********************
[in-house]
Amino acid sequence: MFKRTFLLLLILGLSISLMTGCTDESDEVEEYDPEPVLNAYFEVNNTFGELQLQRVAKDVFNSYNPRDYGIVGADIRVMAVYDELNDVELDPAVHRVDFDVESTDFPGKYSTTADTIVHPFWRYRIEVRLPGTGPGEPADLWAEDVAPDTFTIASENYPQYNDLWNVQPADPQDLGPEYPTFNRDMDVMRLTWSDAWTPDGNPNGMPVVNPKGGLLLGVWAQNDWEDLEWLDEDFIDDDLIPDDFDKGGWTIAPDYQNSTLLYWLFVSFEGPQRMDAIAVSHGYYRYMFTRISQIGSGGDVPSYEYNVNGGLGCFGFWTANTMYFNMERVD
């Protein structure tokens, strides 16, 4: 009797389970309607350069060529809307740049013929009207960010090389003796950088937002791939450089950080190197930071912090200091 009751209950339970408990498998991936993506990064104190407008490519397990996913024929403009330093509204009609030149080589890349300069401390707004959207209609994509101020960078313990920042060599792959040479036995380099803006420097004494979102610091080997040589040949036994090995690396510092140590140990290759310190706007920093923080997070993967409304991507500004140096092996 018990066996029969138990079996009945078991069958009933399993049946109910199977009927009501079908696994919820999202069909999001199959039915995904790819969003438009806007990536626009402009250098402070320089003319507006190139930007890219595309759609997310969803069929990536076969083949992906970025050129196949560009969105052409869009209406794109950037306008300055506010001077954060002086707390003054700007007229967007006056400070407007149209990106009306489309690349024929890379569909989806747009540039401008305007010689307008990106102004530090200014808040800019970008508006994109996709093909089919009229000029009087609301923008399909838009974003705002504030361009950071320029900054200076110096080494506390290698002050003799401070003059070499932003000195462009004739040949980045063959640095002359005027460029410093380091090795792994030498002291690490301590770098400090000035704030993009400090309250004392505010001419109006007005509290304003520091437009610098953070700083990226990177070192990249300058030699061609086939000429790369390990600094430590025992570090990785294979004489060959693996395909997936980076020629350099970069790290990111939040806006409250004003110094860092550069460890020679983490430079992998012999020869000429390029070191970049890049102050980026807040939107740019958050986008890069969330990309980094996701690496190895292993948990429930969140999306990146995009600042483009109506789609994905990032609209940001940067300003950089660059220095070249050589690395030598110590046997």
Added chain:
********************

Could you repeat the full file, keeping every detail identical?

[in-house]
Amino acid sequence: MFKRTFLLLLILGLSISLMTGCTDESDEVEEYDPEPVLNAYFEVNNTFGELQLQRVAKDVFNSYNPRDYGIVGADIRVMAVYDELNDVELDPAVHRVDFDVESTDFPGKYSTTADTIVHPFWRYRIEVRLPGTGPGEPADLWAEDVAPDTFTIASENYPQYNDLWNVQPADPQDLGPEYPTFNRDMDVMRLTWSDAWTPDGNPNGMPVVNPKGGLLLGVWAQNDWEDLEWLDEDFIDDDLIPDDFDKGGWTIAPDYQNSTLLYWLFVSFEGPQRMDAIAVSHGYYRYMFTRISQIGSGGDVPSYEYNVNGGLGCFGFWTANTMYFNMERVD
């Protein structure tokens, strides 16, 4: 009797389970309607350069060529809307740049013929009207960010090389003796950088937002791939450089950080190197930071912090200091 009751209950339970408990498998991936993506990064104190407008490519397990996913024929403009330093509204009609030149080589890349300069401390707004959207209609994509101020960078313990920042060599792959040479036995380099803006420097004494979102610091080997040589040949036994090995690396510092140590140990290759310190706007920093923080997070993967409304991507500004140096092996 018990066996029969138990079996009945078991069958009933399993049946109910199977009927009501079908696994919820999202069909999001199959039915995904790819969003438009806007990536626009402009250098402070320089003319507006190139930007890219595309759609997310969803069929990536076969083949992906970025050129196949560009969105052409869009209406794109950037306008300055506010001077954060002086707390003054700007007229967007006056400070407007149209990106009306489309690349024929890379569909989806747009540039401008305007010689307008990106102004530090200014808040800019970008508006994109996709093909089919009229000029009087609301923008399909838009974003705002504030361009950071320029900054200076110096080494506390290698002050003799401070003059070499932003000195462009004739040949980045063959640095002359005027460029410093380091090795792994030498002291690490301590770098400090000035704030993009400090309250004392505010001419109006007005509290304003520091437009610098953070700083990226990177070192990249300058030699061609086939000429790369390990600094430590025992570090990785294979004489060959693996395909997936980076020629350099970069790290990111939040806006409250004003110094860092550069460890020679983490430079992998012999020869000429390029070191970049890049102050980026807040939107740019958050986008890069969330990309980094996701690496190895292993948990429930969140999306990146995009600042483009109506789609994905990032609209940001940067300003950089660059220095070249050589690395030598110590046997």
Added chain: